The Church’s liturgies will now focus on Pentecost and the time after Pentecost. With Pentecost we have yet another inauguration of God’s Presence among us. In the life and the acts of the Church, the Holy Spirit is now at work in human souls. That is what the Book of Acts in the New Testament is all about. Some theologians like to speak of the Book of Acts as the “Book of the Holy Spirit”. It reveals to us the marvelous works of God as expressed in our human works. Indeed the life of the Church is all about the workings of the Holy Spirit in our humanity.
Our human responses to God’s presence have not been what they should be. We are “being redeemed sinners”; we are a work in progress. Our sins, our failures, our rejection of God’s loving presence is found in both secular human history as well as in the history of the Church. All of the human depravity that was present in Christ’s suffering, passion and death did not end with His resurrection and ascension, it continues on in our unredeemed humanity, as we so very well know.
Some claim that God failed. Others live as if Christ was a failure. Still others simply don’t seem to care. Is this God’s fault? Or is it our fault? The answer is obvious. Failure is ours.
It was by the power of the Holy Spirit that Christ was conceived in the womb of the Blessed Virgin Mary. During His life, Jesus manifested the power of God’s Holy Spirit at work in His miracles. By the power of the Holy Spirit Jesus was raised from the dead to become the Christ of glory. And now, because of His ascension back to the Father, Christ with His Father sends us the Holy Spirit. This points to the necessity of Christ’s ascension, His movement into that higher world, that universe that is God’s. For without Christ’s Ascension Pentecost would not have happened.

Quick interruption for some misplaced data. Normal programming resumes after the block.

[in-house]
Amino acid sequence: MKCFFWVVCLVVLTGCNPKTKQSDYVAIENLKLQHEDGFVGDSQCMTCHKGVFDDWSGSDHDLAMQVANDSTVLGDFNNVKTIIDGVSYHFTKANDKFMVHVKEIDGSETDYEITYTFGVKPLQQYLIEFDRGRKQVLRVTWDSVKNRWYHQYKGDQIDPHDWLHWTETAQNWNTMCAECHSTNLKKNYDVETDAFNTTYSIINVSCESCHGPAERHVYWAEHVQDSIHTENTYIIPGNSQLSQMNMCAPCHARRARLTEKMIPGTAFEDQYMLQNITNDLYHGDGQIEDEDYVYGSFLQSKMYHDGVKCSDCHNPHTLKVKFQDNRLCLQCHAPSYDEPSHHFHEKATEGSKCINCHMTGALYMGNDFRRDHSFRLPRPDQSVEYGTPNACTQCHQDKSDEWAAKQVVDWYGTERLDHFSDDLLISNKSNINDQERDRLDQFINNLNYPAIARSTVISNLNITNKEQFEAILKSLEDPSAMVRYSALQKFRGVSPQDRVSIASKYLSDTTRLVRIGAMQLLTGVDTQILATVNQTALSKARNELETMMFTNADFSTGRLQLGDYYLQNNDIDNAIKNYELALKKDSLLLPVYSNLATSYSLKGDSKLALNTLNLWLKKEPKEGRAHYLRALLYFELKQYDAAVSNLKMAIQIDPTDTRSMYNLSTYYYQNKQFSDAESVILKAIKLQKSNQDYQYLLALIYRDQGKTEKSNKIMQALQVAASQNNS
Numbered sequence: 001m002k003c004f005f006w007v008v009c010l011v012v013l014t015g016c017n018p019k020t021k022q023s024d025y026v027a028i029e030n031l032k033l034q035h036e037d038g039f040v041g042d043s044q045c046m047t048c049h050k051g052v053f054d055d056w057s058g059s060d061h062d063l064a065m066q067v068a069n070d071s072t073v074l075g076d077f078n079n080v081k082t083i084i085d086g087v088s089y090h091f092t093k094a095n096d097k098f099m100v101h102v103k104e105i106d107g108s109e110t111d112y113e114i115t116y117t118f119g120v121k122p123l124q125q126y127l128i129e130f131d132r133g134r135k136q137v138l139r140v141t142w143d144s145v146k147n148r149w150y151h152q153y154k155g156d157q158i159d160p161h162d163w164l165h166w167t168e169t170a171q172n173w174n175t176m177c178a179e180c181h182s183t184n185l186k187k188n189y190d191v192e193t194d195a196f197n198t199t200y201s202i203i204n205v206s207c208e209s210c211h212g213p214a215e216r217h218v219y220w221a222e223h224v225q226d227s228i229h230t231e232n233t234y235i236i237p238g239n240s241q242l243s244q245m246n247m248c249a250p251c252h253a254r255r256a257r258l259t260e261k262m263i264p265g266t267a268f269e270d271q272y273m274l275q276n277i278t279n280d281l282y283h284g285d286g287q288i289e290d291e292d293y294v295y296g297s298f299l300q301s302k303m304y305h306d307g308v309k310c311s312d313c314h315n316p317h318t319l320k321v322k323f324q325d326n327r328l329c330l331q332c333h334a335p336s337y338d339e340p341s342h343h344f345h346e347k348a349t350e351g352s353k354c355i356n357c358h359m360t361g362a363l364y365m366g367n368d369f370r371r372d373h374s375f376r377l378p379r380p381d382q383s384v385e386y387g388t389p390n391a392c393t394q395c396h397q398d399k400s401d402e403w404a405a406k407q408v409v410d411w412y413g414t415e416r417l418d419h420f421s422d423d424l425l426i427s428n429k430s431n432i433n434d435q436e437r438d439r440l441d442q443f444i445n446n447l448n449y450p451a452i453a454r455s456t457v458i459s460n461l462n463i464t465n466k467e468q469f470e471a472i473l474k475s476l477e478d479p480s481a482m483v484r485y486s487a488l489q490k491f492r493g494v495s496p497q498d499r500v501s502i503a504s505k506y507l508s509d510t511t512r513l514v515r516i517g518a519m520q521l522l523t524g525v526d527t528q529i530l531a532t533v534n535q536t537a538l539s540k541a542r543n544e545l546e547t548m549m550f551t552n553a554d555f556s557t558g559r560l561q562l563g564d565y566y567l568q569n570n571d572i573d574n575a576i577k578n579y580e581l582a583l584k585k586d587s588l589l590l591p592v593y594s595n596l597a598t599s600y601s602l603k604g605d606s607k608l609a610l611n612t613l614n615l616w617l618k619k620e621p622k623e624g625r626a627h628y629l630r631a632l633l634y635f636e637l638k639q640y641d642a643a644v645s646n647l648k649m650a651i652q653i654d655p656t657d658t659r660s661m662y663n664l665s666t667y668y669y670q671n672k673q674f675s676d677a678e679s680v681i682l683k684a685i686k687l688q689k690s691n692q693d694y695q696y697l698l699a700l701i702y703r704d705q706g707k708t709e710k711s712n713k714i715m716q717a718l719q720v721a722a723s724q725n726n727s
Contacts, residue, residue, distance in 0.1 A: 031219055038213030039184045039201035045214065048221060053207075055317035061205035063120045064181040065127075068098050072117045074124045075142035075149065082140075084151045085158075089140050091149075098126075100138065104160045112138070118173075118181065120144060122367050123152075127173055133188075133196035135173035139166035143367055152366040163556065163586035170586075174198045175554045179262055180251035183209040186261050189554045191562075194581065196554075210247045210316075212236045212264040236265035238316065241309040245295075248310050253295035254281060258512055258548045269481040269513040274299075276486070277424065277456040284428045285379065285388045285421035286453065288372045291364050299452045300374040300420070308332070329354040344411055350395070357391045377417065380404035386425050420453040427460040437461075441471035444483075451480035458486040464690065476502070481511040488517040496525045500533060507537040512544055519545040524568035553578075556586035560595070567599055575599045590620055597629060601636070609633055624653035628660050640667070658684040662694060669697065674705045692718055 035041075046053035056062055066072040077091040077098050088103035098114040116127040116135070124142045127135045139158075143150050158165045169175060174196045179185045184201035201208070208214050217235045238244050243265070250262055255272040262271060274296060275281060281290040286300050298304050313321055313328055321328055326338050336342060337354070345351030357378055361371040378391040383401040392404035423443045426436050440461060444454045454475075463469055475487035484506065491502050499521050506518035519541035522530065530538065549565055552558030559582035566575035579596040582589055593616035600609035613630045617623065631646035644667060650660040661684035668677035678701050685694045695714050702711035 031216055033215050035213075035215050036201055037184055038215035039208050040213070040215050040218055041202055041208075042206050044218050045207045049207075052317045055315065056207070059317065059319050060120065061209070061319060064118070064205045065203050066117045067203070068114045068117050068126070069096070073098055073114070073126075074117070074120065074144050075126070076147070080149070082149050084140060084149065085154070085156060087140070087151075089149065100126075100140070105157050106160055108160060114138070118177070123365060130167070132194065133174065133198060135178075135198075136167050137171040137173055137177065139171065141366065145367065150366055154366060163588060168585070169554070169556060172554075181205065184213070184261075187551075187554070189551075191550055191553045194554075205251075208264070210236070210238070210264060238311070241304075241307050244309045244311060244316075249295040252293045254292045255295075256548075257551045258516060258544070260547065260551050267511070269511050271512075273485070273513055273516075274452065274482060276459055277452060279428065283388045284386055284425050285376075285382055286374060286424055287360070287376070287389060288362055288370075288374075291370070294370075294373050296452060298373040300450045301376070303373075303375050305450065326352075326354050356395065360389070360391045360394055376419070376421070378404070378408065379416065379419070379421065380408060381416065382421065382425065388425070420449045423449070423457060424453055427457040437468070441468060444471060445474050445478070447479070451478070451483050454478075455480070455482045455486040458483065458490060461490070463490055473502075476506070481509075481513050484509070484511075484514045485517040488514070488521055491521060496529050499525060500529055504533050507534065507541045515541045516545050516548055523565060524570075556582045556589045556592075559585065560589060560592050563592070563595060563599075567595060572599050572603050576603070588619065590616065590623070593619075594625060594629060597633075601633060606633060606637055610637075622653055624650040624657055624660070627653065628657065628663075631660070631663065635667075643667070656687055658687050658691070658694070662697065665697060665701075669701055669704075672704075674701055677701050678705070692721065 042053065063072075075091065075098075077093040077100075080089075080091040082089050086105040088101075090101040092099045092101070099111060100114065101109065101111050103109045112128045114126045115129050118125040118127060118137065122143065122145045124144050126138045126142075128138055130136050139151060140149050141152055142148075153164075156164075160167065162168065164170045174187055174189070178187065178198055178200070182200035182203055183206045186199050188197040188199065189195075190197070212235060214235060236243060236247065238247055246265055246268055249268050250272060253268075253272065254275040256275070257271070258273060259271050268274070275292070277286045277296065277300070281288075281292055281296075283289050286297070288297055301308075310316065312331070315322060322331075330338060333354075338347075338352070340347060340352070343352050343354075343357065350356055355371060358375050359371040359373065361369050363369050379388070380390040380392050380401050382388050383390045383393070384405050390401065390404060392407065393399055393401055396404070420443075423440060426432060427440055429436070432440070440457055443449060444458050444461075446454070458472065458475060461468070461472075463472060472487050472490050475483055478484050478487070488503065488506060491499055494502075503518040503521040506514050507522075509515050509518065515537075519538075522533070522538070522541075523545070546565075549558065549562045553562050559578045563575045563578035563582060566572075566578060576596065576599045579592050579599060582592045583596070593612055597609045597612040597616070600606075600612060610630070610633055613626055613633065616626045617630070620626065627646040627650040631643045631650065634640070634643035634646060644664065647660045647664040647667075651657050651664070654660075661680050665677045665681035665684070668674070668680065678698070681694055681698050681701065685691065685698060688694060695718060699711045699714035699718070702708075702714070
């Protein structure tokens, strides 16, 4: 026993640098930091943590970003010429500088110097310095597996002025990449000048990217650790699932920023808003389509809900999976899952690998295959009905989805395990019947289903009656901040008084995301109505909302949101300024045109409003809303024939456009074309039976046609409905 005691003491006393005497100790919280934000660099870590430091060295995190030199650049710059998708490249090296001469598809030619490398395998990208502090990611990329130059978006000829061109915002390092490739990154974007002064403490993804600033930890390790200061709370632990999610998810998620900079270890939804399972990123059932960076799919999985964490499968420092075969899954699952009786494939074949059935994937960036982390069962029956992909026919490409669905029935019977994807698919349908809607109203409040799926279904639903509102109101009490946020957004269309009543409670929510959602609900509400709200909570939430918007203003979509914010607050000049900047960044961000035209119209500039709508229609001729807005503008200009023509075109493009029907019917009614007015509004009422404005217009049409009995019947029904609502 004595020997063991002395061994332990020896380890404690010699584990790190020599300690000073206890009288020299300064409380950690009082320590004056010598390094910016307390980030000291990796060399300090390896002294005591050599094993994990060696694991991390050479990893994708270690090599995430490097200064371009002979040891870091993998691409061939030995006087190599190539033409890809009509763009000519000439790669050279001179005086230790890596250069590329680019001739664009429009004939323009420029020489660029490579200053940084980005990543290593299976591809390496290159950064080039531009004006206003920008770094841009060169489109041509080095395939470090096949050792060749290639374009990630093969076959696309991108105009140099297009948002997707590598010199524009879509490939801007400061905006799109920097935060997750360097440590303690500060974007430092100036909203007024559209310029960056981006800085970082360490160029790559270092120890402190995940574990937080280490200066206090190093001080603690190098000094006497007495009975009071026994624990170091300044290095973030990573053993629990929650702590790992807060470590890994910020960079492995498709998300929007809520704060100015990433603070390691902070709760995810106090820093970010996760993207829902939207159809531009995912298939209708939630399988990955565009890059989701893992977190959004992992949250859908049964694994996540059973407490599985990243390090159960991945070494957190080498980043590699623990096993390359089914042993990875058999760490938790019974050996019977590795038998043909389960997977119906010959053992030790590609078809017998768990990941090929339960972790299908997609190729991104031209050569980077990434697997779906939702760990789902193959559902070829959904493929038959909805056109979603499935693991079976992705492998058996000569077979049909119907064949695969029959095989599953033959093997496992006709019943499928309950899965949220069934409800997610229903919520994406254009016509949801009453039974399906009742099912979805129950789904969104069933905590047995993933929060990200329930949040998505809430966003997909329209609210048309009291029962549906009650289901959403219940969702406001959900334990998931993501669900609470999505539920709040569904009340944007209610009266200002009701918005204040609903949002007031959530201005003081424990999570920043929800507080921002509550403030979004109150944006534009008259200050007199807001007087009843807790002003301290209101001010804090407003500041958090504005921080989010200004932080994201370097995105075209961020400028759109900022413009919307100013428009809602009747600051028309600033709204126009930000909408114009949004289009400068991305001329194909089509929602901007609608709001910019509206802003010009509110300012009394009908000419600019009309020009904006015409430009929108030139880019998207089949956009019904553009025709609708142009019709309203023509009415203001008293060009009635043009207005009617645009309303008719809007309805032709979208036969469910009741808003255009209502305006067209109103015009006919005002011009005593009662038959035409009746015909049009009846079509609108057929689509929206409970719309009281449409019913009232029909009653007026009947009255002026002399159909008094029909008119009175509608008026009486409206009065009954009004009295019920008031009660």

God is with us. God has always been with us. God will always be with us in the future. The Ascension is not His departure; it is the ushering in of His new way of being with us, His presence among us now in His Holy Spirit.
How, then, will we respond? Human history reveals responses that are both good and bad. The saints, however, reveal God’s Holy Spirit at work within us. Your lives and mine can do the same. May Christ, by the power of His Holy Spirit, be with you now and forevermore. And may you, one day, ascend in Christ into heaven.